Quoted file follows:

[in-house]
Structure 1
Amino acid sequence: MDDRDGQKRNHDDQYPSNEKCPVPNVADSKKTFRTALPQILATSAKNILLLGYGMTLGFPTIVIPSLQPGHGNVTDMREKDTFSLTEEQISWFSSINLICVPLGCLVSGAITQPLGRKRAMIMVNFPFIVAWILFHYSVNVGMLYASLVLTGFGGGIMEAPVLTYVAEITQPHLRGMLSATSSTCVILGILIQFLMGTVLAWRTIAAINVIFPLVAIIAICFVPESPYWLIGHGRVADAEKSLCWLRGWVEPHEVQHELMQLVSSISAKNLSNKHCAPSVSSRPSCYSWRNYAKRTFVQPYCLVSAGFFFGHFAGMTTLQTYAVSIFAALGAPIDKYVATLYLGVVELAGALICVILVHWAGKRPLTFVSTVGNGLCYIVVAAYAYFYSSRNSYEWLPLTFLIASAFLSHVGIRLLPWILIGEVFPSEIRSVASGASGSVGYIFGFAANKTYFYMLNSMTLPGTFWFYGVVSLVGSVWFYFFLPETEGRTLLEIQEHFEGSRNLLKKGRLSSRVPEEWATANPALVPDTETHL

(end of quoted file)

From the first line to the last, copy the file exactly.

[in-house]
Structure 1
Amino acid sequence: MDDRDGQKRNHDDQYPSNEKCPVPNVADSKKTFRTALPQILATSAKNILLLGYGMTLGFPTIVIPSLQPGHGNVTDMREKDTFSLTEEQISWFSSINLICVPLGCLVSGAITQPLGRKRAMIMVNFPFIVAWILFHYSVNVGMLYASLVLTGFGGGIMEAPVLTYVAEITQPHLRGMLSATSSTCVILGILIQFLMGTVLAWRTIAAINVIFPLVAIIAICFVPESPYWLIGHGRVADAEKSLCWLRGWVEPHEVQHELMQLVSSISAKNLSNKHCAPSVSSRPSCYSWRNYAKRTFVQPYCLVSAGFFFGHFAGMTTLQTYAVSIFAALGAPIDKYVATLYLGVVELAGALICVILVHWAGKRPLTFVSTVGNGLCYIVVAAYAYFYSSRNSYEWLPLTFLIASAFLSHVGIRLLPWILIGEVFPSEIRSVASGASGSVGYIFGFAANKTYFYMLNSMTLPGTFWFYGVVSLVGSVWFYFFLPETEGRTLLEIQEHFEGSRNLLKKGRLSSRVPEEWATANPALVPDTETHL